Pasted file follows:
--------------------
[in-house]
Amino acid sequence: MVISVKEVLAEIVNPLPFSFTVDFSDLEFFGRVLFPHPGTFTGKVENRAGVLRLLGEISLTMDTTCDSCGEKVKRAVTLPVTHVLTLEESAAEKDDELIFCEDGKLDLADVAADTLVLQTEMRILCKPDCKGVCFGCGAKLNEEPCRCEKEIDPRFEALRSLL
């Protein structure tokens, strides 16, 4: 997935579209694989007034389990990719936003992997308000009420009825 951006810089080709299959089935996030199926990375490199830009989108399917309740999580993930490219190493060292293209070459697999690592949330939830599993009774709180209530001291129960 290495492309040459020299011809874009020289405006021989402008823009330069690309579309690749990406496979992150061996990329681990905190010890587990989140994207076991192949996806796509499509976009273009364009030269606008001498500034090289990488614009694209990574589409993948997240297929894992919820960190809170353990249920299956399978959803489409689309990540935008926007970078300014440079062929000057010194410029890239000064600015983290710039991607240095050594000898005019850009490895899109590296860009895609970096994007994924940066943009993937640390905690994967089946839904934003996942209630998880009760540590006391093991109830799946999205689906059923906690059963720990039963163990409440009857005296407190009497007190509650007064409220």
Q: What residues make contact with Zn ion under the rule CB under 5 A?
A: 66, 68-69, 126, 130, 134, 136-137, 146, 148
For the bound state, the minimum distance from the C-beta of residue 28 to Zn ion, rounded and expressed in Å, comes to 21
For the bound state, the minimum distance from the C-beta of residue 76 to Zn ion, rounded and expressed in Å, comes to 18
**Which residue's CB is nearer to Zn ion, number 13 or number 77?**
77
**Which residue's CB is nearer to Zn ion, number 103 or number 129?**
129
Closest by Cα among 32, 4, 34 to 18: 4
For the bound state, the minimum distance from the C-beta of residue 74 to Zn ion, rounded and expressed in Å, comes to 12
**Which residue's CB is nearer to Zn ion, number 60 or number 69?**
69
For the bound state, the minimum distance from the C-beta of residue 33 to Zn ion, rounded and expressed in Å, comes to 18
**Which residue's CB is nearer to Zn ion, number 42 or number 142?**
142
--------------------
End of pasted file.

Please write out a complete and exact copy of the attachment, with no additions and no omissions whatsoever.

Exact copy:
[in-house]
Amino acid sequence: MVISVKEVLAEIVNPLPFSFTVDFSDLEFFGRVLFPHPGTFTGKVENRAGVLRLLGEISLTMDTTCDSCGEKVKRAVTLPVTHVLTLEESAAEKDDELIFCEDGKLDLADVAADTLVLQTEMRILCKPDCKGVCFGCGAKLNEEPCRCEKEIDPRFEALRSLL
């Protein structure tokens, strides 16, 4: 997935579209694989007034389990990719936003992997308000009420009825 951006810089080709299959089935996030199926990375490199830009989108399917309740999580993930490219190493060292293209070459697999690592949330939830599993009774709180209530001291129960 290495492309040459020299011809874009020289405006021989402008823009330069690309579309690749990406496979992150061996990329681990905190010890587990989140994207076991192949996806796509499509976009273009364009030269606008001498500034090289990488614009694209990574589409993948997240297929894992919820960190809170353990249920299956399978959803489409689309990540935008926007970078300014440079062929000057010194410029890239000064600015983290710039991607240095050594000898005019850009490895899109590296860009895609970096994007994924940066943009993937640390905690994967089946839904934003996942209630998880009760540590006391093991109830799946999205689906059923906690059963720990039963163990409440009857005296407190009497007190509650007064409220």
Q: What residues make contact with Zn ion under the rule CB under 5 A?
A: 66, 68-69, 126, 130, 134, 136-137, 146, 148
For the bound state, the minimum distance from the C-beta of residue 28 to Zn ion, rounded and expressed in Å, comes to 21
For the bound state, the minimum distance from the C-beta of residue 76 to Zn ion, rounded and expressed in Å, comes to 18
**Which residue's CB is nearer to Zn ion, number 13 or number 77?**
77
**Which residue's CB is nearer to Zn ion, number 103 or number 129?**
129
Closest by Cα among 32, 4, 34 to 18: 4
For the bound state, the minimum distance from the C-beta of residue 74 to Zn ion, rounded and expressed in Å, comes to 12
**Which residue's CB is nearer to Zn ion, number 60 or number 69?**
69
For the bound state, the minimum distance from the C-beta of residue 33 to Zn ion, rounded and expressed in Å, comes to 18
**Which residue's CB is nearer to Zn ion, number 42 or number 142?**
142